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This bullish Bitcoin options strategy lets traders speculate on BTC price with less risk

Historical data shows that it is nearly impossible to consistently predict Bitcoin’s price action and many traders that attempt this end up losing money. Now that Bitcoin trades near $50,000, the ultimate goal for most traders is to hold on to their current holdings and incrementally add to them in a way that is not terribly risky. 
Options strategies provide excellent opportunities for traders who have a fixed-range target for an asset. For example, using leveraged futures contracts might be a solution for a scenario where one expects a price increase of up to 28% over the next month. Of course, using a tight stop loss lessens the viability of the trade.
On the other hand, using multiple call (buy) options can create a strategy that allows gains that are four times higher than the potential loss. These can be used in both bullish and bearish circumstances, depending on the investors’ expectations.
The long butterfly strategy allows a trader to profit from the upside while limiting losses. It’s important to remember that options have a set expiry date; therefore, the price increase must happen during the defined period.
The Bitcoin (BTC) calendar options below are for the March 26 expiry, but this strategy can also be used on Ether (ETH) options or a different time frame. Although the costs will vary, its general efficiency should not be affected.
Profit / Loss estimate. Source: Deribit Position Builder
The suggested bullish strategy consists of buying 1 BTC worth $48,000 call options while simultaneously selling double that amount of $56,000 calls. To finalize the trade, one should buy 1 BTC worth of $64,000 call options.
While this call option gives the buyer the right to acquire an asset, the contract seller gets a (potential) negative exposure.
As the estimate above shows, if BTC is trading for $48,700, any outcome between $49,380 (up 1.5%) and $62,630 (up 28.6%) yields a net gain. For example, a 10% price increase to $53,570 results in a $4,000 net gain. Meanwhile, this strategy’s maximum loss is $1,350 if BTC trades below $48,000 or above $64,000 on March 26.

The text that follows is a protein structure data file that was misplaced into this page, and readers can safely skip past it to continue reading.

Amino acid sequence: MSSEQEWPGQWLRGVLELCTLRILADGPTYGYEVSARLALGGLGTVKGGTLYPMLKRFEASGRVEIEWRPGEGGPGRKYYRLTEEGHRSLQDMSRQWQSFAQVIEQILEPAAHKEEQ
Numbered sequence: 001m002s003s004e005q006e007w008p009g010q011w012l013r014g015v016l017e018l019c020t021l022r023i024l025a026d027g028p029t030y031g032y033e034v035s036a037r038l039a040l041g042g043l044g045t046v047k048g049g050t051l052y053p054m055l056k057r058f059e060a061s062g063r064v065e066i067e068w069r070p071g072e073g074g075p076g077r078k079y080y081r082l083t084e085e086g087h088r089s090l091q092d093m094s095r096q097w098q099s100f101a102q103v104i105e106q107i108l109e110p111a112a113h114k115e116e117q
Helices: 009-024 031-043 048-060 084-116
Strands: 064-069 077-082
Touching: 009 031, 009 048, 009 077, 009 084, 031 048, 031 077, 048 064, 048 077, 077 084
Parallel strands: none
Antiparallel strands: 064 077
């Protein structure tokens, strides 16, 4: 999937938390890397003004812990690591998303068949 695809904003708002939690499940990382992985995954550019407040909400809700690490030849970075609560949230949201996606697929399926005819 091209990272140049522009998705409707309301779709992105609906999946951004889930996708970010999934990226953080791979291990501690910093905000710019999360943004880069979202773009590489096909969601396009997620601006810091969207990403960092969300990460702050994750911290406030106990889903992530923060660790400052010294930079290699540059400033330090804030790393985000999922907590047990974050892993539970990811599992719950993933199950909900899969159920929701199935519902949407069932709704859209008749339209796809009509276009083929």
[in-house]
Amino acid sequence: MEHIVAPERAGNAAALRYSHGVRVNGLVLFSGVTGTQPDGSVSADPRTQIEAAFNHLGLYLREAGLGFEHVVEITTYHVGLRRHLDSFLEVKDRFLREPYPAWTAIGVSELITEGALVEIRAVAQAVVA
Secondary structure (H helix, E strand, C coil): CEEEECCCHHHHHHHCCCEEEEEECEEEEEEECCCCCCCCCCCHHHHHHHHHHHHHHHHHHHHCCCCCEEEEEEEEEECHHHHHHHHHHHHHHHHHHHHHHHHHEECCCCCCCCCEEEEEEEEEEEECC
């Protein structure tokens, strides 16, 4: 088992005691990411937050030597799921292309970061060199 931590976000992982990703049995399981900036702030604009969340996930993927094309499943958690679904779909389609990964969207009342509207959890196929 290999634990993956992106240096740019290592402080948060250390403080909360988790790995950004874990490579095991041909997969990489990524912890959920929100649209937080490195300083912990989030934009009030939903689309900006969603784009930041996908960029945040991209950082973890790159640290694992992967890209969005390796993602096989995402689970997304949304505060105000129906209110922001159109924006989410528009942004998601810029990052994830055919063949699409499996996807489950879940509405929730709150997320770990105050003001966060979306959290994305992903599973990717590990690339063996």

This allure of this butterfly strategy is the trader can secure a $4,050 gain, which is 3x larger than the maximum loss, if BTC trades from $53,550 to $58,460 expiry.
Overall it yields a much better risk-reward from leveraged futures trading considering the limited downside.
The multiple options strategy trade provides a better risk-reward for bullish traders seeking exposure to BTC’s price increase and the only upfront fee required is the $1,350 which reflects the maximum loss if the price is below $48,000 or above $64,000 at the expiry date.
The views and opinions expressed here are solely those of the author and do not necessarily reflect the views of Cointelegraph. Every investment and trading move involves risk. You should conduct your own research when making a decision.

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Institutions and miners accumulating through Bitcoin chop; whales uncertain

After a violent price reversal last week that saw Bitcoin retreat from all-time highs, traders and analysts are now eyeing major players and investors to gauge BTC’s next move — and so far the reaction is decidedly mixed.
Data from on-chain analytics firm Glassnode indicates that the number of Bitcoin whales — a term for wallets that hold between 1,000 and 10,000 BTC — has at least temporarily reversed what was previously a strong uptrend starting in April 2020, a phenomena Glassnode labeled as a potential “end of whale spawning season.”
Chart via Glassnode
The Glassnode blog did make note that a “sizeable portion” of the decline may be attributable to custodial wallets restructuring, however. In fact, if some of the decline is related to custodians moving coins into deep storage, there’s an outside chance it could be a sign of more BTC moving into whale ownership, even the actual number of coins in whale addresses indicates otherwise. As a result, it may be difficult to label the decline in whale wallets to panic selling during crypto and macro market chop. 
Miner outflows, meanwhile, paint a more explicitly bullish picture. 
In a Tweet on Friday, Moskovski Capital CEO Lex Moskovski noted that Bitcoin miners — a frequent scapegoat for price dumps and boogeyman of cryptoTwitter — have actually begun accumulating coins as opposed to selling:

Miners have stopped selling and started accumulating #BitcoinYesterday was the first day since Dec, 27 when Miners Position change turned positive.Miners were selling their bitcoins for two months.Bullish. pic.twitter.com/S89iBcz4k3
— Lex Moskovski (@mskvsk) February 27, 2021
Likewise, there appears to be good news in regards to institutional accumulation. Ki Young Ju, the CEO of CryptoQuant, noted that the quantity of BTC in exchange wallets continues to drop — a sign he believes points to continued institutional demand:

Another significant Coinbase outflows at 48k. US institutional investors are still buying $BTC.I think the major reason for this drop is the jittering macro environment like the 10-year Treasury note, not whale deposits, miner selling, and lack of institutional demand. https://t.co/wzwkwMhJWx pic.twitter.com/1uEEF8SX5Q
— Ki Young Ju 주기영 (@ki_young_ju) February 26, 2021
However, some recent research indicates that the institutions hoovering Bitcoin may not have as much an impact on the price as originally thought. What’s more, indicators suggest that retail mania has hardly even begun — a sign that the latest pullback may only be temporary, and the next push is where FOMO will really kick in. 
At the time of writing Bitcoin is trading at $46,750, down 2% on the day. 

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